Thersa Matsuura

Book Review: "A Robe of Feathers"

A Robe of Feathers: And Other Stories“A Robe of Feathers” is a collection of short stories by Thersa Matsuura, an American living in Japan. By their nature, short story collections are difficult to review as a totality. That said, I’ll try to give an overall impression and some insight into individual tales.

Matsuura uses urban fantasy in Japanese settings to great effect in “Robe,” which is her first book. There are a few instances when it would have been helpful for me, a westerner, to be more familiar with the folkloric creatures she uses: Ojizo, Kappa, Tenjo Sagari, etc., but that knowledge was not always necessary. For instance, the first story, “A Robe of Feathers,” is a modern day version of the folktale which is also told within the context of the story. The “nymph” is never even given a Japanese name and the tale flows toward its beautiful, tragic conclusion. I thought the strongest of her offerings was the story with the greatest proliferation of creatures, “Sand Walls, Paper Doors.”

It’s told from the viewpoint of an American student in Japan. She’s lonely, but too shy to reach out to the strange population and culture around her. Then she’s transplanted into a haunted mansion where she finds spirits who are equally alien and lonely in modern Japan. The ensuing story moved me so much I wept for joy at the end. I can think of only one other short story that’s ever elicited that response. For me, the entire book’s brilliance culminated in that tale, though there are other excellent stories.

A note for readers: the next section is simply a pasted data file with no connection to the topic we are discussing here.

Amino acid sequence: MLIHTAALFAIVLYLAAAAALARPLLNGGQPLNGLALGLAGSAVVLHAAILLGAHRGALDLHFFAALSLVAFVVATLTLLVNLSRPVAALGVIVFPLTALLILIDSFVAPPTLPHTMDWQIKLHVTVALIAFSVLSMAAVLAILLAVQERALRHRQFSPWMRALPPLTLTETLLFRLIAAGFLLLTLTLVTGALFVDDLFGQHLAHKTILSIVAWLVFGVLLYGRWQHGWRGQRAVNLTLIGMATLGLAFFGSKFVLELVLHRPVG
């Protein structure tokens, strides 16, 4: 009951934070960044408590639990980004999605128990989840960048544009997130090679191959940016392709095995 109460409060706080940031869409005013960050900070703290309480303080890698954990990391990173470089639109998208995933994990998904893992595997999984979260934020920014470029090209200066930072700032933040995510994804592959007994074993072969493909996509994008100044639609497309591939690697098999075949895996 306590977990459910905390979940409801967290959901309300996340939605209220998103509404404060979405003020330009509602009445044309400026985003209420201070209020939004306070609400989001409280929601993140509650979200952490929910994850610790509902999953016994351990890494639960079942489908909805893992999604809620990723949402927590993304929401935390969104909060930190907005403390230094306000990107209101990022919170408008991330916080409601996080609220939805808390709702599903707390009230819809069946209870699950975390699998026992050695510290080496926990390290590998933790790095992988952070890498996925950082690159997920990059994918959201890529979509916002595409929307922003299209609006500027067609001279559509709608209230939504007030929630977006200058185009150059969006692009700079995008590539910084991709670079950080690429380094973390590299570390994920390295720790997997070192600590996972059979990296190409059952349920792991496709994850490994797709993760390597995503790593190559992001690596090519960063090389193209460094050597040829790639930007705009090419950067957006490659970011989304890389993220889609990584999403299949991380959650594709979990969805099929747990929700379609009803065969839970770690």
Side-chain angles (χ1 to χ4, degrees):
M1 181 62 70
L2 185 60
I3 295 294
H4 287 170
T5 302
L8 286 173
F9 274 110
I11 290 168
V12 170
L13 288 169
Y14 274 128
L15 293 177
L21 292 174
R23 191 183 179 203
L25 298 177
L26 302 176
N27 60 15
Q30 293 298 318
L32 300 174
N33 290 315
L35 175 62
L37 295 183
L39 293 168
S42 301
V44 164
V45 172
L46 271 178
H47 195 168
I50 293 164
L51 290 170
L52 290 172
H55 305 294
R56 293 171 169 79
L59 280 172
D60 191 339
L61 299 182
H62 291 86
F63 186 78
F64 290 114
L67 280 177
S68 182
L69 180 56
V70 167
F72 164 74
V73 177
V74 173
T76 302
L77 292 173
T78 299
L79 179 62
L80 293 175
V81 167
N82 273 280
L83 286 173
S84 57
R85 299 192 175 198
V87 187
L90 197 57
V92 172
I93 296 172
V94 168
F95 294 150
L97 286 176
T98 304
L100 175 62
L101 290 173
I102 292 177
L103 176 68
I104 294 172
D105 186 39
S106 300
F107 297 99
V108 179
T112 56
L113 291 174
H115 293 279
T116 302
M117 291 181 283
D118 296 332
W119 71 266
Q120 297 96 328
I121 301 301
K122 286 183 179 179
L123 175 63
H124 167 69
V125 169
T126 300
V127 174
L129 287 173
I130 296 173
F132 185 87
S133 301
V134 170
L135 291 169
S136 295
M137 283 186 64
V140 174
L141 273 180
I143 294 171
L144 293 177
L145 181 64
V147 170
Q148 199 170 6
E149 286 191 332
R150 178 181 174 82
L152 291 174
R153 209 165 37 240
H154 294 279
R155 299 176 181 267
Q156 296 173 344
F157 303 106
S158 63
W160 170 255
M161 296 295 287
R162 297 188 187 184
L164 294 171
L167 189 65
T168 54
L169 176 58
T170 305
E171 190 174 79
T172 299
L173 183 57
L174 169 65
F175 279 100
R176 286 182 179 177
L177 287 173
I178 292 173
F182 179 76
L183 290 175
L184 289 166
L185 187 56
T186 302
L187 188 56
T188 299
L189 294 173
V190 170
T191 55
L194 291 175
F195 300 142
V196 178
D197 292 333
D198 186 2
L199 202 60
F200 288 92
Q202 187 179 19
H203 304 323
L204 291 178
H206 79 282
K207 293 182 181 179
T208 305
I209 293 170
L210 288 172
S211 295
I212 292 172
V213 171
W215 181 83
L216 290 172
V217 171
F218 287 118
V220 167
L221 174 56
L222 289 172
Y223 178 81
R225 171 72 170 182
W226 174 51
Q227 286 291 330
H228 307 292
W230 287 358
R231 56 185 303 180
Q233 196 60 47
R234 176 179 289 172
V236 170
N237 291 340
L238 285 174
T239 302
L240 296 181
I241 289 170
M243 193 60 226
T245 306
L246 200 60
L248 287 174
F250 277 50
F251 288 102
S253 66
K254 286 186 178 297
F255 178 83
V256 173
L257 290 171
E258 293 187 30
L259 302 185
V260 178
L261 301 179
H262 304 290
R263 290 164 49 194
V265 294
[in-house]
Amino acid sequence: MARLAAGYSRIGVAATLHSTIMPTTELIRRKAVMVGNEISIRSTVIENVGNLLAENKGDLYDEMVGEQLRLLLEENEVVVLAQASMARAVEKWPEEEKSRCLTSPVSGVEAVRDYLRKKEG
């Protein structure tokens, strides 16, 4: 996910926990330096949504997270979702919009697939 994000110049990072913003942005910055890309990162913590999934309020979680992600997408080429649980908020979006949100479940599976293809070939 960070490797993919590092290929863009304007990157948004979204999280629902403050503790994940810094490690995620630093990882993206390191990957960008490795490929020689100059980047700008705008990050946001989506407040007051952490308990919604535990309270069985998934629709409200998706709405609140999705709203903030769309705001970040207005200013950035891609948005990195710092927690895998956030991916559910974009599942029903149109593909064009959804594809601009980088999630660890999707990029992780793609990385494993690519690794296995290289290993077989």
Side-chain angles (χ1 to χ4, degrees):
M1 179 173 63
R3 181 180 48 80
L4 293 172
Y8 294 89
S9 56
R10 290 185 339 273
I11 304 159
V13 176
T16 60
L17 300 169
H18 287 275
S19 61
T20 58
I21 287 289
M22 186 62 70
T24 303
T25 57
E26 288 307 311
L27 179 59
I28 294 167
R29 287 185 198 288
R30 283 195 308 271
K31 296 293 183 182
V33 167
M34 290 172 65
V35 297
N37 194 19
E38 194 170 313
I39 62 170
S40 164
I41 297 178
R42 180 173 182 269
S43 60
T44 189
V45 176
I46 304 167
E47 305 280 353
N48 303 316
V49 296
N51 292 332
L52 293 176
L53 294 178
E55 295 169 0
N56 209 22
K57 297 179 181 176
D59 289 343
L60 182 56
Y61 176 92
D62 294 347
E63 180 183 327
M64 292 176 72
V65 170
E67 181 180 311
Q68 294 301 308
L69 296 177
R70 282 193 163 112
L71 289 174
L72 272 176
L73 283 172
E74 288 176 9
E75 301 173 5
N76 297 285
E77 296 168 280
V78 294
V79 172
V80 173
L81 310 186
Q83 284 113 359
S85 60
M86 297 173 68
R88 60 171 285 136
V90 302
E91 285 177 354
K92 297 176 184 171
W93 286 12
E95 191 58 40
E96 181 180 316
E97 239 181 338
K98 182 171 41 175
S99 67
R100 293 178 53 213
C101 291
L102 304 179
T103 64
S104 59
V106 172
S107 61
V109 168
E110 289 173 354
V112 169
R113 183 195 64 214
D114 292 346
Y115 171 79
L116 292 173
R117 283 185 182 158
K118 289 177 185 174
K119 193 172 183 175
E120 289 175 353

Many of Matsuura’s stories, among them, “Hate and Where It Breeds,” and “Ganguro and the Mountain Witch,” felt unfinished. They conveyed a sense that this was not the end, but the beginning of impending horror. For me, this was as if an oni had turned on the theme to “Jaws” while I read and my mind continued to follow that musical cue. I’m still a little tense, which is why I can’t say I loved all of Matsuura’s stories. However, I can appreciate the skill it took to achieve the dark, otherworldly effect she weaves through “A Robe of Feathers.”

If you are Japanese or if you are familiar with Japanese folklore and culture, this book will engross you. Matsuura’s style is spare, but fluid. She effortlessly grounds the reader in Japan’s modern cities and countryside. Even with unfamiliar terms and place names thrown in, I had no problem understanding her plots, though appreciating character motivations and goals derived from a foreign mindset was sometimes difficult.

Giving a score on a collection of short stories seems unfair as one has to “grade” on a curve. However, if you enjoy fantasy in alternative settings or you just love Japanese literature, I recommend this collection.